Last night on The O’Reilly Factor, Karl Rove attempted to defend the Bush administration’s energy record by falsely claiming that it had spent more on alternative energy research than “any administration in history”:
ROVE: This president and this administration put more into alternative energy research than any administration in history by a significant factor. And as a result, things like the lithium ion batteries which are needed for cars, plug-in cars, all kinds of cellulosic and other forms of ethanol, hydrogen, wind, solar, all of these with one exception saw a dramatic movement in terms of being able to come to market.
O’Reilly questioned Rove’s assertion, saying “maybe that’s true and maybe it isn’t,” and called Bush’s actions on energy “invisible.” O’Reilly was right to be skeptical. Since 1980, federal spending on energy research has declined, and since the mid-1990s, “R&D spending has been stagnant for renewable energy and energy efficiency.”
In 2006, Bush stated that “America is addicted to oil.” However, his 2006 budget called for “significant cuts in renewable energy, energy efficiency, clean air, and climate change related-programs.” In fact, Bush has continually slashed funding for renewables from the federal budget, while threatening to block legislation that would have funded renewable energy by transferring money from oil and gas industry tax breaks. In 2007, the administration attempted to completely “eliminate federal support for geothermal power.”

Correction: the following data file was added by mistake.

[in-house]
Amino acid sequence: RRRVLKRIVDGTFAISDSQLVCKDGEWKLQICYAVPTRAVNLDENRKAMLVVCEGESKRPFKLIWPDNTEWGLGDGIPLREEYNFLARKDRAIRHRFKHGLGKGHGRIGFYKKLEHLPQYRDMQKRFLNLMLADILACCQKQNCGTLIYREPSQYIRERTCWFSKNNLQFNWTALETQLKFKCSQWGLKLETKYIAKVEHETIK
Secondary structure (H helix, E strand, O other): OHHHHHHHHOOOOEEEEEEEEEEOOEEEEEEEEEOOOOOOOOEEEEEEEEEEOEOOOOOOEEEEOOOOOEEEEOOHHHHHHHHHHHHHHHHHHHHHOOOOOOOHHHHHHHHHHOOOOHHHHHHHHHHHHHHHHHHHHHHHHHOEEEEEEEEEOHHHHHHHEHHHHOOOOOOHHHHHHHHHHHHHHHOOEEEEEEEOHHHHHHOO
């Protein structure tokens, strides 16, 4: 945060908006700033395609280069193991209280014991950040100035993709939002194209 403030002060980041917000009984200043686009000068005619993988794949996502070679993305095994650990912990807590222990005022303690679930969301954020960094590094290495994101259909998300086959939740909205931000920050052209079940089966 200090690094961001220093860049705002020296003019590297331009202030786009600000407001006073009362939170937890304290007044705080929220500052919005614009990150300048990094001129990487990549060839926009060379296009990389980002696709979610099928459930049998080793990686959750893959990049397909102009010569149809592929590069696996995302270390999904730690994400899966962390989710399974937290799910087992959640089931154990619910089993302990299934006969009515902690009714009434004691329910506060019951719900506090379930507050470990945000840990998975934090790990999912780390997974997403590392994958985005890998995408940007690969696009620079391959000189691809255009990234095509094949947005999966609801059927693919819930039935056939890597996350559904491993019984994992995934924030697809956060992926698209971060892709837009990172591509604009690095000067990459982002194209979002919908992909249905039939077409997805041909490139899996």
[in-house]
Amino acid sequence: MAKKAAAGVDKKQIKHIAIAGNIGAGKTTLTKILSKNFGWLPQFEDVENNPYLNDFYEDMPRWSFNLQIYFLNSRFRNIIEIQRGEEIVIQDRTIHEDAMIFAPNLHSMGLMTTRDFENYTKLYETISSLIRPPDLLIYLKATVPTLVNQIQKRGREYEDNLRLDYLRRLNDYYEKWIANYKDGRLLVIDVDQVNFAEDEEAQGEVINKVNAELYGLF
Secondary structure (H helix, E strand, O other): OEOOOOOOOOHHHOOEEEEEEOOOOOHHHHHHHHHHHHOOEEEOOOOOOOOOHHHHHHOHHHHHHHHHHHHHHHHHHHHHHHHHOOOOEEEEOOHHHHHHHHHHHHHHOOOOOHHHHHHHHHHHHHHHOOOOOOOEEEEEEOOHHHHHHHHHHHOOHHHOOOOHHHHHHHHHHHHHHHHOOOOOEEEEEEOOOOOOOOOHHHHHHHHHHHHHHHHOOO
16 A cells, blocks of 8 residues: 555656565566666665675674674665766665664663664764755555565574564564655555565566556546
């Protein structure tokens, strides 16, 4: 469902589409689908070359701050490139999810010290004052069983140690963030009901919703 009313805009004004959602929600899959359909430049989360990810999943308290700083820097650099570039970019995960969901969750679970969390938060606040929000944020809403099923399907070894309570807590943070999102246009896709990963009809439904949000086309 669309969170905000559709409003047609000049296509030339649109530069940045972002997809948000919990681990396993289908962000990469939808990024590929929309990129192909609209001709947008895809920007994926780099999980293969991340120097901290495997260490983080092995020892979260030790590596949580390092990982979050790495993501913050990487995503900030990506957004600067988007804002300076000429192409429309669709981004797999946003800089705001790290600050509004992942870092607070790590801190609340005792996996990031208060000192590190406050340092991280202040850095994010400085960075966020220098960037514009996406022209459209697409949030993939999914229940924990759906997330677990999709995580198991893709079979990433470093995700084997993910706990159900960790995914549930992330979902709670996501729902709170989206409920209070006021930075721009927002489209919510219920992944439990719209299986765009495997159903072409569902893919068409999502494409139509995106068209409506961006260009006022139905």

The American Council for an Energy Efficient Economy (ACEEE) said that, though the President’s 2008 budget request included $2.7 billion for research, it “cuts 2007 spending for efficiency and renewables by 16%.”
The Wonk Room offers a further deconstruction of George Bush’s energy policies here.
ROVE: This president and this administration put more into alternative energy research than any administration in history. As a result, things like lithium ion batteries, plug-in cards, forms of ethanol, hydrogen, wind, solar, all of these with one exception saw a dramatic movement in terms of being able to come to be. We used to think they were in the future, but they’re now in the market or on the verge of being in the market.
O’REILLY: Maybe that is true, but I am an American citizen and I do not know anything about it…
ROVE: It’s true. It’s True.
O’REILLY: It is invisible to me. I am praying you are right. I do not question the money. The progress, i do not know. …
ROVE: Bill, I think you need to get a briefing on this.